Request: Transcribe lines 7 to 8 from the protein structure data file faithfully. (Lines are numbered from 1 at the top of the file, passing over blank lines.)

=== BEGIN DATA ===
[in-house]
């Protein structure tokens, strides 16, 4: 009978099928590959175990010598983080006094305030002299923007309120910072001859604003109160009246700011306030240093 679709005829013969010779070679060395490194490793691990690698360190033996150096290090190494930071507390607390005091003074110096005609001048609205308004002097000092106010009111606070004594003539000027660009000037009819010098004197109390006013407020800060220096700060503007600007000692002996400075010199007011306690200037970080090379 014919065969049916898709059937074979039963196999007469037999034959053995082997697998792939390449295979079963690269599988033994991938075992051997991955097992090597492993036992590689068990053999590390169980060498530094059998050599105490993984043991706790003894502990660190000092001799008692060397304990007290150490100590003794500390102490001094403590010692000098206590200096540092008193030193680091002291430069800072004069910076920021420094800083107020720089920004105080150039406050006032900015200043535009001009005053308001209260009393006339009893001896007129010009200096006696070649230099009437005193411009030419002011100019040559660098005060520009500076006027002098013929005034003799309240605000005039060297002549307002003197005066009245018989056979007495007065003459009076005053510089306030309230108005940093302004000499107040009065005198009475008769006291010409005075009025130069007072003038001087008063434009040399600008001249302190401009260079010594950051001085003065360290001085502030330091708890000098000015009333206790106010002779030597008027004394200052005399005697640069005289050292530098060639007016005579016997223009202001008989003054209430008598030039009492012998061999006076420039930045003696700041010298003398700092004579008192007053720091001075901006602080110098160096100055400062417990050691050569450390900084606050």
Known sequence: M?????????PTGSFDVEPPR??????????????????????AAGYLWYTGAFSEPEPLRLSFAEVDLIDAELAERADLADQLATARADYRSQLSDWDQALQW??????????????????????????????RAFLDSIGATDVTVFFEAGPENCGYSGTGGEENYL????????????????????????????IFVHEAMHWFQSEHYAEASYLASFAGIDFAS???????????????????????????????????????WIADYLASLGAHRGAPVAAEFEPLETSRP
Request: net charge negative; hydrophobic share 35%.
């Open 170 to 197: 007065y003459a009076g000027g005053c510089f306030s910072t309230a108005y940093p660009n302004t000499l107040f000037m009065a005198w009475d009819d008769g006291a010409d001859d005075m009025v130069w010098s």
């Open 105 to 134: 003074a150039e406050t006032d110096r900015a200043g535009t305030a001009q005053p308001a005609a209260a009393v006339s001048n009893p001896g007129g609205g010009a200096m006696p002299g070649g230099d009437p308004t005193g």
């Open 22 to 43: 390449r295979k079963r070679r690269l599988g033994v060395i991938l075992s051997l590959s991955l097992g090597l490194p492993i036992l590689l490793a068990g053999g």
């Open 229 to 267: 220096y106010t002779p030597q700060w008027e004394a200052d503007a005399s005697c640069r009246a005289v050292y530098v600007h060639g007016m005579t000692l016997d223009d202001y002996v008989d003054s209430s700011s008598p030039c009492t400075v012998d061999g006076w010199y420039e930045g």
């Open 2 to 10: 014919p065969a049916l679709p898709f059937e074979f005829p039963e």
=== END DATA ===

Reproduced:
């Open 22 to 43: 390449r295979k079963r070679r690269l599988g033994v060395i991938l075992s051997l590959s991955l097992g090597l490194p492993i036992l590689l490793a068990g053999g």
């Open 229 to 267: 220096y106010t002779p030597q700060w008027e004394a200052d503007a005399s005697c640069r009246a005289v050292y530098v600007h060639g007016m005579t000692l016997d223009d202001y002996v008989d003054s209430s700011s008598p030039c009492t400075v012998d061999g006076w010199y420039e930045g």